In implying it has broad rights to iBio’s technology, Fraunhofer fails to disclose: that its research license has been and is solely for internal, non-commercial purposes without the right to sublicense others; and that Fraunhofer’s license for commercial purposes is very limited because the “iBio field” (which is excluded from Fraunhofer’s commercial license and which is reserved exclusively for iBio’s ownership, use and exploitation) includes all preventive and therapeutic human health applications of the technology, including expression, engineering, testing, production and validation of human vaccines, human antibodies, human therapeutics, as well as influenza vaccine antigens for veterinary use, and antibodies for influenza diagnostics produced in plants, including commercial process and production techniques and methodologies related to those applications. Fraunhofer also leaves out that, under Fraunhofer’s very limited commercial license from iBio (which Fraunhofer has never admitted using), it would owe a royalty to iBio of 9% of any receipts of Fraunhofer or any sublicensee of Fraunhofer from the use of any of iBio’s technology. Moreover, even these limited license rights Fraunhofer claims may be affected by further Court proceedings addressed to damages and other remedies for Fraunhofer’s egregious breaches of the parties’ agreements.
Fraunhofer’s August 8th press release creates further public confusion by stating it has “sole ownership of the technology and any improvements developed by Fraunhofer after December 31, 2014 in any field”, because Fraunhofer fails to reveal or explain that any technology or improvement developed by Fraunhofer after 2014 could neither be shared with a third party, nor used, for commercial purposes without iBio’s consent if it stemmed from or used (directly or indirectly) any of iBio’s intellectual property, confirmed by the Court comprehensively to include any and all proprietary rights existing as of December 31, 2014 in the plant-based area, provided under federal, state or common law, including trade secrets and know how.
iBio urges careful examination of the ruling of the Court of Chancery in iBio, Inc. v. Fraunhofer U.S.A., Inc. before dealing with the property that is the subject of the litigation.
About iBio, Inc.
iBio is developing proprietary products for the treatment of a range of fibrotic diseases including idiopathic pulmonary fibrosis, systemic sclerosis, and scleroderma. IBIO-CFB03, produced using the Company’s proprietary gene expression technology, is the first product candidate from this program being advanced for IND development. The Company also offers proprietary products and product licenses to others based on its proprietary technologies, including its advanced plant-based gene expression and protein production platforms, providing collaborators full support for turn-key implementation of its technology for protein therapeutics and vaccines.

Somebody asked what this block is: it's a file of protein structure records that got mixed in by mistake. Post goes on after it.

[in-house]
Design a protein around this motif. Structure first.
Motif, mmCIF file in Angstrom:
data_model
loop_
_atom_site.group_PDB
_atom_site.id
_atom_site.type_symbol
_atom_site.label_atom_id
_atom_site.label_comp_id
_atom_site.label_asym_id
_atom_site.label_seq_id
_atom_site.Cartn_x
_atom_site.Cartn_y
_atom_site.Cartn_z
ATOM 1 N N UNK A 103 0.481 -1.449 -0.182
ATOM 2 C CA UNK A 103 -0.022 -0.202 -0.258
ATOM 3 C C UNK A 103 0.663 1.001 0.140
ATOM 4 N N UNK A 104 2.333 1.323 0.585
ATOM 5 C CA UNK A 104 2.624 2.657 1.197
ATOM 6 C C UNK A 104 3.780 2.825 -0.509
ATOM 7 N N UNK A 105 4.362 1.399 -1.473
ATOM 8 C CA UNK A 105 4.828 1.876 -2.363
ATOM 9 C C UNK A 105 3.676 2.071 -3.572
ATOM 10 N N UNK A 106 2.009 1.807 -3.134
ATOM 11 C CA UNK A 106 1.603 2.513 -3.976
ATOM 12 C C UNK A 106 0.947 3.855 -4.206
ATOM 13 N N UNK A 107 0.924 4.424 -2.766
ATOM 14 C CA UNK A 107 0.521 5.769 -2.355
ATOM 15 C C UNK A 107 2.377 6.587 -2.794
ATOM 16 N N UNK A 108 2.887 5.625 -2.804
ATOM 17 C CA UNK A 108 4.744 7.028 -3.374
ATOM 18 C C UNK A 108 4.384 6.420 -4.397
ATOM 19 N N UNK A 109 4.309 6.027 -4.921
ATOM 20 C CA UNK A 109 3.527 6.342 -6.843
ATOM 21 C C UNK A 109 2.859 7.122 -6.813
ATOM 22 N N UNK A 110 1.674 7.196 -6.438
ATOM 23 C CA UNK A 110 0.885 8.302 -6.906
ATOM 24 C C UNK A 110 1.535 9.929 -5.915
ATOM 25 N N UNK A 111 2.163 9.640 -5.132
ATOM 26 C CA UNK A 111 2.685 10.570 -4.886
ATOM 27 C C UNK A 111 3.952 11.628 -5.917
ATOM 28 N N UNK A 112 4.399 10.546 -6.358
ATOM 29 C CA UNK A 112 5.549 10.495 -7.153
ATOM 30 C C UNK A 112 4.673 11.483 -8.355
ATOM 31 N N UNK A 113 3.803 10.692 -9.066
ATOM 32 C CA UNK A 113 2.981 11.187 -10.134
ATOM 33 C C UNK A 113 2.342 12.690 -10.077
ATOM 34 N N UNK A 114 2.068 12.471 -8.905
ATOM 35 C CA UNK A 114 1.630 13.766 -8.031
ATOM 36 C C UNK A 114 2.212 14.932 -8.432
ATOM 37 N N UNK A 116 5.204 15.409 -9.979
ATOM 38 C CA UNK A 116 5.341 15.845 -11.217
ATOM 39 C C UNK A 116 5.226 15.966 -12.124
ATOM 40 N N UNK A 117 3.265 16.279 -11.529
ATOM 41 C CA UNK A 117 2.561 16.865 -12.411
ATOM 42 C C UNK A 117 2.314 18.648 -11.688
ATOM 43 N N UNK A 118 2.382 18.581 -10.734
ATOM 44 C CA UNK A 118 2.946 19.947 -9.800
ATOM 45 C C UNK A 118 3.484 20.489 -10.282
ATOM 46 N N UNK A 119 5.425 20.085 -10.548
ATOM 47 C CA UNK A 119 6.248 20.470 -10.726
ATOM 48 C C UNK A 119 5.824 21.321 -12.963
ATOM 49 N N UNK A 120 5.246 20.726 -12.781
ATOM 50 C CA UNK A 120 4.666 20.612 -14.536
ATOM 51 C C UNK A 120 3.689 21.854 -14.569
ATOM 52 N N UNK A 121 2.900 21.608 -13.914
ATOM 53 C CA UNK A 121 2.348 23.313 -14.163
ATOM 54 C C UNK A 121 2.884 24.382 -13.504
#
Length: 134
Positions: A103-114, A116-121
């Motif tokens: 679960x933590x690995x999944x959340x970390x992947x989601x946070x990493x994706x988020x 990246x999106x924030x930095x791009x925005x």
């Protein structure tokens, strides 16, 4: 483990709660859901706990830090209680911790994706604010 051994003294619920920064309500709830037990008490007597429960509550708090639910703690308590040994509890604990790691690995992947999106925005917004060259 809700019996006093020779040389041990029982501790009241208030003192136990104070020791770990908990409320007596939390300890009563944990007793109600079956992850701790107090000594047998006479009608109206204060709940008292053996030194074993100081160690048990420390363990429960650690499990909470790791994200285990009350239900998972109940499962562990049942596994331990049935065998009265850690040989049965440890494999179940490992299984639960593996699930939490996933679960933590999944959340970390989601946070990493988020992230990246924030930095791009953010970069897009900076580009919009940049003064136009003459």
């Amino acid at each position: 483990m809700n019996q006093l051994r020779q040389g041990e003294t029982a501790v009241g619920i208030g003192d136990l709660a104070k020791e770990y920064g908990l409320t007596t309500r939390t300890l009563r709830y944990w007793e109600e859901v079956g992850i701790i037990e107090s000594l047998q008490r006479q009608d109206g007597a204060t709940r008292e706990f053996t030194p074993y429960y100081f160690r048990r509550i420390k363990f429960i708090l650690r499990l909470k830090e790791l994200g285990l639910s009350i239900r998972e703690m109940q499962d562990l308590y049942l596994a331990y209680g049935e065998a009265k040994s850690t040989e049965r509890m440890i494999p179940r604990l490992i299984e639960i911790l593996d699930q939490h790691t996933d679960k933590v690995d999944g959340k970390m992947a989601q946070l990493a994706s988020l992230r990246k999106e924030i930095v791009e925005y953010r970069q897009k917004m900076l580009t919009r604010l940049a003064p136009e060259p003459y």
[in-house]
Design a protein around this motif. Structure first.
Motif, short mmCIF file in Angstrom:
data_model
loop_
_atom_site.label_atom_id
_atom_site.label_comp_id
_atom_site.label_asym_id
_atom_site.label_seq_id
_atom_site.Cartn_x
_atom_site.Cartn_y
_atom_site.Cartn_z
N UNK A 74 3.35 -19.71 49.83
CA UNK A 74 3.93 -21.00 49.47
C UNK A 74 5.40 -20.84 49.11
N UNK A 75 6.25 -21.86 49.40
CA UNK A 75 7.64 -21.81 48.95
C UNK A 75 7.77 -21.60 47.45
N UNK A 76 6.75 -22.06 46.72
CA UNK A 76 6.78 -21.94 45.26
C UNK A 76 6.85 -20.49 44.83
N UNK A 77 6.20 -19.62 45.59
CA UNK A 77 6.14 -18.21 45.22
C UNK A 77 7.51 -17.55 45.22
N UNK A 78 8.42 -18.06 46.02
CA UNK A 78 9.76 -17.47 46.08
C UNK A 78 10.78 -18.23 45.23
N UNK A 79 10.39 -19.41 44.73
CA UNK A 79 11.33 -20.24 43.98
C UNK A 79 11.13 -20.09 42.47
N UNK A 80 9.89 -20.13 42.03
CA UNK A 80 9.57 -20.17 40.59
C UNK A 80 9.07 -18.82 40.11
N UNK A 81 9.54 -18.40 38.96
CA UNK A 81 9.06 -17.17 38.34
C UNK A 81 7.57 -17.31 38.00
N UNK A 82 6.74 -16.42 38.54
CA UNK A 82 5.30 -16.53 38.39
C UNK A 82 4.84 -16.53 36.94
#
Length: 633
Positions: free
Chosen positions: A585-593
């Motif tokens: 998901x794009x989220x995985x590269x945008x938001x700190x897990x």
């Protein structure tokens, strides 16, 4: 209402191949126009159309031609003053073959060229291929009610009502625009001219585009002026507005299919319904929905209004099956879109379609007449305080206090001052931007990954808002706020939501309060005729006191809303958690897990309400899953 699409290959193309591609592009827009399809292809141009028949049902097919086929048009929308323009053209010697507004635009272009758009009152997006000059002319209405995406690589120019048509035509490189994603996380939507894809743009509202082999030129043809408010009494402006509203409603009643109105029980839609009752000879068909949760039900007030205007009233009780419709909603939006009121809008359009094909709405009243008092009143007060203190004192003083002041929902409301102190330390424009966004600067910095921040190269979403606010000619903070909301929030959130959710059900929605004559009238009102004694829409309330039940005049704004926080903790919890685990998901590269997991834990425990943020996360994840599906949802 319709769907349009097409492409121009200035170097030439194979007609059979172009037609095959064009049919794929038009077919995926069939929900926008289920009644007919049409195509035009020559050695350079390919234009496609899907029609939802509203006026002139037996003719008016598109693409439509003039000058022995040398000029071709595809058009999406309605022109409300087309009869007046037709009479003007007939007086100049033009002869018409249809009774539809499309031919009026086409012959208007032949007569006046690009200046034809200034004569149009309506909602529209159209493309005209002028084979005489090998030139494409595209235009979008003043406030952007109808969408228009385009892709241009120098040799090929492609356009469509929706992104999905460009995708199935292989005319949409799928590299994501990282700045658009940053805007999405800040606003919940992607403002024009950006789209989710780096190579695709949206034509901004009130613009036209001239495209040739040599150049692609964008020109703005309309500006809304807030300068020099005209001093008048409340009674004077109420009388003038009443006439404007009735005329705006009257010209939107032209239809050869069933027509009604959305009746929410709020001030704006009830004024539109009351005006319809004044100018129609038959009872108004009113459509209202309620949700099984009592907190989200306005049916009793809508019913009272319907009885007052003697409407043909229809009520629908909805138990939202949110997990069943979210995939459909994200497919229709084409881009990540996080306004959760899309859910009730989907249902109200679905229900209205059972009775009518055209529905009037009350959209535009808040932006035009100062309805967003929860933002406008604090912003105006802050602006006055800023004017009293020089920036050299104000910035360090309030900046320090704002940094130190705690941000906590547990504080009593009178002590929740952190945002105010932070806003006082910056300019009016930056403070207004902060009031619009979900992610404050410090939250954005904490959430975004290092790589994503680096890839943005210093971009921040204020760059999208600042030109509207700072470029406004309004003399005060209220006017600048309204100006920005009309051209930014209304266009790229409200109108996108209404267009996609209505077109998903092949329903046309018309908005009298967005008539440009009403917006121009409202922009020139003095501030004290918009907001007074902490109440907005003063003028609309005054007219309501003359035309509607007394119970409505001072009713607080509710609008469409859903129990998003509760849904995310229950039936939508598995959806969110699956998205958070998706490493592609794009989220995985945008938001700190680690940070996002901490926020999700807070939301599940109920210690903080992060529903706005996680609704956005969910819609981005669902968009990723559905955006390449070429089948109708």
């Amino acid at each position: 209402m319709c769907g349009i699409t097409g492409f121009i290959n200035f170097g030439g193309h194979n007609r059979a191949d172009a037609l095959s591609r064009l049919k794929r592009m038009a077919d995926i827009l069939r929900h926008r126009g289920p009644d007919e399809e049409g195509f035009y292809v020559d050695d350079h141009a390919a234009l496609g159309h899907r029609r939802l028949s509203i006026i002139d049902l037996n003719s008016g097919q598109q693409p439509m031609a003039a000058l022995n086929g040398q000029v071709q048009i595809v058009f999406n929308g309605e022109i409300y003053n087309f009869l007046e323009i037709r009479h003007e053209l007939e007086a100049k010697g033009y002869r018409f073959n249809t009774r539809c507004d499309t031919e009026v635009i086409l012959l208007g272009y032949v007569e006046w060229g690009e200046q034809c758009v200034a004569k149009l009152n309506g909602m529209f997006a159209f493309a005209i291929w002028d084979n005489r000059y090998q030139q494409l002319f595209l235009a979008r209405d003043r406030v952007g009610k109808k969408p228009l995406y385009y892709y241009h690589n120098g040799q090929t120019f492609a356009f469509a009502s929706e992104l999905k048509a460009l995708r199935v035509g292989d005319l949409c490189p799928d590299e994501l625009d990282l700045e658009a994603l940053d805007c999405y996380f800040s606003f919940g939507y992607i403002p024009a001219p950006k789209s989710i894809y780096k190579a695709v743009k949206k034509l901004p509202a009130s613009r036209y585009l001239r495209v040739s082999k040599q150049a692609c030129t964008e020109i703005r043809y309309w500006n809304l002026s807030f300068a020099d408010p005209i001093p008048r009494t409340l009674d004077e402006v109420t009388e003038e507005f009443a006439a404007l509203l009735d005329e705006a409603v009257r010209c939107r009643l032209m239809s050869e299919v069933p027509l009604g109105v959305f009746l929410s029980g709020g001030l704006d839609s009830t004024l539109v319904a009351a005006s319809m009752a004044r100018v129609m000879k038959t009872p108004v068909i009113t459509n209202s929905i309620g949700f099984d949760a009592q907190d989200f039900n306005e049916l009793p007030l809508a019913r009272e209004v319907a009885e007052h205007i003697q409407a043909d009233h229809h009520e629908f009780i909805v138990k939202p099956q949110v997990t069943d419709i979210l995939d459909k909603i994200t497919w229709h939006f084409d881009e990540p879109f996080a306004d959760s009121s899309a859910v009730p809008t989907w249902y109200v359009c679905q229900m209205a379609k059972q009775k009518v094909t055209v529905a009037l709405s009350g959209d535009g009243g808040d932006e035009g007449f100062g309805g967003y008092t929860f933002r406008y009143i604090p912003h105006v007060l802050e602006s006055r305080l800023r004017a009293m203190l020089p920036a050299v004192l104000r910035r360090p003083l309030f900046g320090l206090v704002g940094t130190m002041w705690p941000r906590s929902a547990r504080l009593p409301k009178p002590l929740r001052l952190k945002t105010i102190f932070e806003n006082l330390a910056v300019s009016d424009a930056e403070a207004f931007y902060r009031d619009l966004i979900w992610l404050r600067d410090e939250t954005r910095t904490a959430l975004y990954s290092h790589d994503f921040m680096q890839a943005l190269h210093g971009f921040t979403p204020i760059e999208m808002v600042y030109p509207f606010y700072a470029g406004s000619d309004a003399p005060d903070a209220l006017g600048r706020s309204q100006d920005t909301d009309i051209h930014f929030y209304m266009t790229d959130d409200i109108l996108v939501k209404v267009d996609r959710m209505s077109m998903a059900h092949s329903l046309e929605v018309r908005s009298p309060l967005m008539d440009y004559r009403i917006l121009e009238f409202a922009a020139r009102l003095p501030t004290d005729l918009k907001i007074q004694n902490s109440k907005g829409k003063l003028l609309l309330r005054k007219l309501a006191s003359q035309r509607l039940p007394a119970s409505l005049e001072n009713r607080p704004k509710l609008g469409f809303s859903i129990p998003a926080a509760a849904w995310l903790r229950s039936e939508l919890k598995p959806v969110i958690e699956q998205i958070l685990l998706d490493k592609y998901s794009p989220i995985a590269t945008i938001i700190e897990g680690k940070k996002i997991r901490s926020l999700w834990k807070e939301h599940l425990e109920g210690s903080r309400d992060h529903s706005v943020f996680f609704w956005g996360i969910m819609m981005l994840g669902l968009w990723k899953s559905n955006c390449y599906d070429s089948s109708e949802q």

iBio CMO LLC is a 70 percent subsidiary of iBio jointly owned with affiliates of Eastern Capital Limited for development and large-scale manufacture of plant-made pharmaceuticals. The iBio CMO multiproduct facility includes laboratory and pilot-scale operations as well as large-scale automated hydroponic systems capable of growing over 4 million plants as “in process inventory” and producing over 300 kilograms of finished therapeutic protein per year. This translates into more than a half million doses per year of a typical therapeutic antibody and approximately 50 million vaccine doses every three weeks. Facility capacity can be doubled by adding additional plant growth equipment in a space already reserved for that purpose. iBio CMO’s lease includes the right to develop another facility on the balance of the leased property that would have the effect of quadrupling capacity from the current level. iBio CMO offers a range of pharmaceutical product and process development, analytical, and manufacturing services.
In Brazil, iBio has formed a subsidiary company, iBio do Brasil Biofarmaceutical Ltda., and has been collaborating with the Oswaldo Cruz Foundation (Fiocruz) to develop a recombinant yellow fever vaccine based on iBio technology. Further information is available at: WWW.IBIOINC.COM.
STATEMENTS INCLUDED IN THIS NEWS RELEASE RELATED TO IBIO, INC. MAY CONSTITUTE FORWARD-LOOKING STATEMENTS WITHIN THE MEANING OF THE PRIVATE SECURITIES LITIGATION REFORM ACT OF 1995. SUCH STATEMENTS INVOLVE A NUMBER OF RISKS AND UNCERTAINTIES SUCH AS COMPETITIVE FACTORS, TECHNOLOGICAL DEVELOPMENT, MARKET DEMAND, AND THE COMPANY’S ABILITY TO OBTAIN NEW CONTRACTS AND ACCURATELY ESTIMATE NET REVENUES DUE TO VARIABILITY IN SIZE, SCOPE AND DURATION OF PROJECTS. FURTHER INFORMATION ON POTENTIAL RISK FACTORS THAT COULD AFFECT THE COMPANY’S FINANCIAL RESULTS CAN BE FOUND IN THE COMPANY’S REPORTS FILED WITH THE SECURITIES AND EXCHANGE COMMISSION.
Source: iBio, Inc.
Released August 15, 2016TW Research's Disclaimers & Disclosures: TW Research may have been compensated for writing this article. For a full list of disclaimers and disclosures, please visit http://